UC Goes Holistic
The UC Regents, perhaps trying to make up for their relatively low participation in staving off the budget cuts, are urging schools to adopt a new way to offer incoming students a better opportunity to showcase themselves to UCs: holistic application reviewing.
A little back-story is required for this to make much sense. Up until this next academic year the UCs, excluding Berkeley and Los Angeles, graded their applications in parts and did not take into account how each part affected the other.
Depending on the school and how it was impacted, different parts of the application were ranked higher than others. For instance, many schools now focus on GPA and SAT scores over the personal essay and extracurricular activities. Smaller schools like Merced, Santa Cruz and Riverside work the other way.
Now, UC Irvine, as well as UC San Diego, will be joining UCLA and Cal in looking at applications holistically, or “as a whole.” This new method can both harm students as well as help them.
One of the biggest changes that will come with this new method is that test scores and GPA will take into account actual life experiences and weigh them against the outcome.
Before this method took place, each part of the application was scored separately and then averaged together. For instance, (based on a 1-10 grading system) your GPA could be 3.5 earning a 7 grade, your SAT could be 2000 earning an 8, your extracurricular activities could earn a 9 and your personal essays could give you a 10. Those four numbers averaged together would give you an 8.5 and you would be either accepted or rejected based on the competitiveness of the applicants that year and the weight each part is given.
However, with holistic grading, one score would be given based on the entirety of the application with all parts taken into account, which will widen the number of applications that are eligible for acceptance and give a better view of the applicants themselves.
Before, each part was separated and they weren’t viewed together. Now students have the opportunity to show their talents on a holistic basis and application reviewers can get a better overall picture of the UC applicant.
The new holistic review does produce an interesting scenario, however. Though the state of California has placed a ban on affirmative action, some Regents have expressed concern that the new review process could allow colleges to sidestep the ban.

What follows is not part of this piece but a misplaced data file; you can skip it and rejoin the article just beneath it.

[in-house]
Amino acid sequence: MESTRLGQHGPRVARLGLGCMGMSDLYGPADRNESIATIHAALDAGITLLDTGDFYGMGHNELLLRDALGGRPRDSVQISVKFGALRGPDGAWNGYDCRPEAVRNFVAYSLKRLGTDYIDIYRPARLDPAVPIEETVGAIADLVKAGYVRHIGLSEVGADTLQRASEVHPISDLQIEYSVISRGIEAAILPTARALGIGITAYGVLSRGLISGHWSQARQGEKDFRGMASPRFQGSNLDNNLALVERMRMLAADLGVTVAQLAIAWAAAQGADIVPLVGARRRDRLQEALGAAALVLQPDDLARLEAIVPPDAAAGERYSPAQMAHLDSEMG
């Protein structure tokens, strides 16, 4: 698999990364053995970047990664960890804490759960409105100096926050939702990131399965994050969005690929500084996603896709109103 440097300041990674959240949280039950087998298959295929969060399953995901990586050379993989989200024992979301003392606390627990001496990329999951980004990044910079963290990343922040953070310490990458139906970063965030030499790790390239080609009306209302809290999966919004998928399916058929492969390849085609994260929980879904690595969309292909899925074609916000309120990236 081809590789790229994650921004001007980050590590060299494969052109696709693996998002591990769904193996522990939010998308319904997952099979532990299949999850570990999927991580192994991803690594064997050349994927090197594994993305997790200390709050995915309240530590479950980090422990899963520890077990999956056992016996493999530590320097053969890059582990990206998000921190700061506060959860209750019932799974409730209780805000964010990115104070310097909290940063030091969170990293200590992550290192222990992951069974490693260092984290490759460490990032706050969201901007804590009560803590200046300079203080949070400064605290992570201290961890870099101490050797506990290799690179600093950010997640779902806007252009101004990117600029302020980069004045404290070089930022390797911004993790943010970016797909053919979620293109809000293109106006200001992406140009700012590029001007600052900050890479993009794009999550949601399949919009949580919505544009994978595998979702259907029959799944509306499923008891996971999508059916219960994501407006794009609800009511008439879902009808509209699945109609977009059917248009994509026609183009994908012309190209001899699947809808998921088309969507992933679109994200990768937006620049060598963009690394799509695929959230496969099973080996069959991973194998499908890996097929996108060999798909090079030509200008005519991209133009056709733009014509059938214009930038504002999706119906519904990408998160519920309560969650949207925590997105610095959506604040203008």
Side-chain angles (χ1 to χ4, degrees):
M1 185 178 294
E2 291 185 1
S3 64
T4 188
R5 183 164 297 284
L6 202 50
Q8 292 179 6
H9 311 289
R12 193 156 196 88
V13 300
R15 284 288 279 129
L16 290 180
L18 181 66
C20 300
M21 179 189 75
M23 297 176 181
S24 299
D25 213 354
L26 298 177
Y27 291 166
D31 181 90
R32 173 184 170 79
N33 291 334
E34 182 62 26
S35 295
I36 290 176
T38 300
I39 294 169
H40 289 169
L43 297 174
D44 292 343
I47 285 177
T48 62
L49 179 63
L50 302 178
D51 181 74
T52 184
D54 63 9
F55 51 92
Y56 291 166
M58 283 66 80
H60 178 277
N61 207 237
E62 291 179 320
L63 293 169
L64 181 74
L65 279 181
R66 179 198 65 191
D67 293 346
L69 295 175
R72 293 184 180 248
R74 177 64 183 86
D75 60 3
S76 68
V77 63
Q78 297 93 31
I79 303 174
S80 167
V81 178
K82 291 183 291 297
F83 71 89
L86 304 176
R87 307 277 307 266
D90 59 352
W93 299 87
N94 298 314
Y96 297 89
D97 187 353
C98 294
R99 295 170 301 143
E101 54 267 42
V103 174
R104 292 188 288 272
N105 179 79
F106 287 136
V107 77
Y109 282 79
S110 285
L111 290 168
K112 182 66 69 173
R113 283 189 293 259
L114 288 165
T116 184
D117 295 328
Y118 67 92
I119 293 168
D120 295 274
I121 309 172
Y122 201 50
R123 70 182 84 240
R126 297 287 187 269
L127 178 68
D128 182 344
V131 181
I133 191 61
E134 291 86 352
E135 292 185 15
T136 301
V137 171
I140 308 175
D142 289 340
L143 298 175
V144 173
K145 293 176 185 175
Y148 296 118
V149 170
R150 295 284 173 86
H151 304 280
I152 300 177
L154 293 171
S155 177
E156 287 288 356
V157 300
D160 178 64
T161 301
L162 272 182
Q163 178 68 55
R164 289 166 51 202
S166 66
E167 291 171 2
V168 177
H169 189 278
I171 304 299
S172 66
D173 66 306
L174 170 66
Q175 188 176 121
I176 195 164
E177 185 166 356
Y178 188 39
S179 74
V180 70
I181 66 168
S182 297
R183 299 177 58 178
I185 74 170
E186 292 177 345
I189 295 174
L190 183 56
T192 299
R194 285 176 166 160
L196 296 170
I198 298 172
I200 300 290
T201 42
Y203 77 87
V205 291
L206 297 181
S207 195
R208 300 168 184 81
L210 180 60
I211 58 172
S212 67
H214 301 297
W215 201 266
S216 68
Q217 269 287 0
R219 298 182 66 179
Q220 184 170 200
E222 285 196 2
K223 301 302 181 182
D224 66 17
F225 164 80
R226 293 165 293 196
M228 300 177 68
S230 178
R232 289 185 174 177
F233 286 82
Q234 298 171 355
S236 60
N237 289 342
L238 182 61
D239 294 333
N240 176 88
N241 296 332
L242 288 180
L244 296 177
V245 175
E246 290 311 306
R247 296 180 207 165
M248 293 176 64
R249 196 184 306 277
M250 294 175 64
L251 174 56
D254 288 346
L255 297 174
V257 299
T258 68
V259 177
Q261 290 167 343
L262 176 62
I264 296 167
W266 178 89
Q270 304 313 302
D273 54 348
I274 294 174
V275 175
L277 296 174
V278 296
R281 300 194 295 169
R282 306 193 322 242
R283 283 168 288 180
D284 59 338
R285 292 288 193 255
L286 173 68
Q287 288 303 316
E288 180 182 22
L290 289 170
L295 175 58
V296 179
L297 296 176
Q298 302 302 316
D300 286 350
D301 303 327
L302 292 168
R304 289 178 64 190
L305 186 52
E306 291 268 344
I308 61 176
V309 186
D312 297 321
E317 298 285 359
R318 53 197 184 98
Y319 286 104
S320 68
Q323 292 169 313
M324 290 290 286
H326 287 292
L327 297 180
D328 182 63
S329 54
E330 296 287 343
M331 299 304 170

The argument is that reviewers could potentially be more subjective in their scoring process. Because the applications are looked at holistically by a single reviewer, only one score is given for the entire application instead of separate scores for each part that are averaged together. With this view being subjective, graders could look at the overall application and grade it differently based on the specific background or life circumstances of the student.
But what does that mean for college students now? Surely we are not applying for our own school. This change only seems to affect the incoming freshmen class and perhaps transfer students looking to switch to Berkeley or UCLA.
However, the effect may be a bit more sinister. The new budget cuts will ultimately shrink the number of students the university will be able to accept. But the new holistic review of applications will allow for more students to be eligible for acceptance. The widened pool could potentially mean that not everyone who meets the UC eligibility criteria will be able to attend a UC school. Even the smaller schools like Merced and Riverside, upon accepting the new holistic system, would find they are unable to support that number of eligible students without expanding their campuses.
Likewise, this holistic review will require more staff members to look at the entirety of the application as each application would have one or two people reviewing them, and a comprehensive review where everything is taken into account will take more time, energy and focus than simply scoring based off different parts.
This raises a question. If the UC system is about to face major cutbacks on admission, staff members and faculty, why are they urging a new reviewing system that would involve hiring more people and making it so that more students meet the eligibility criteria?
It may be as simple as trying to create a more competitive, academically successful freshman class. I feel more inclined toward the idea that the university is trying to find a loophole around the state’s affirmative action ban by looking at applications differently. After all, the incoming class is competitive enough. Why make it more competitive and subjective now?
Sara Naor is a first-year film and media studies major. She can be reached at firstname.lastname@example.org.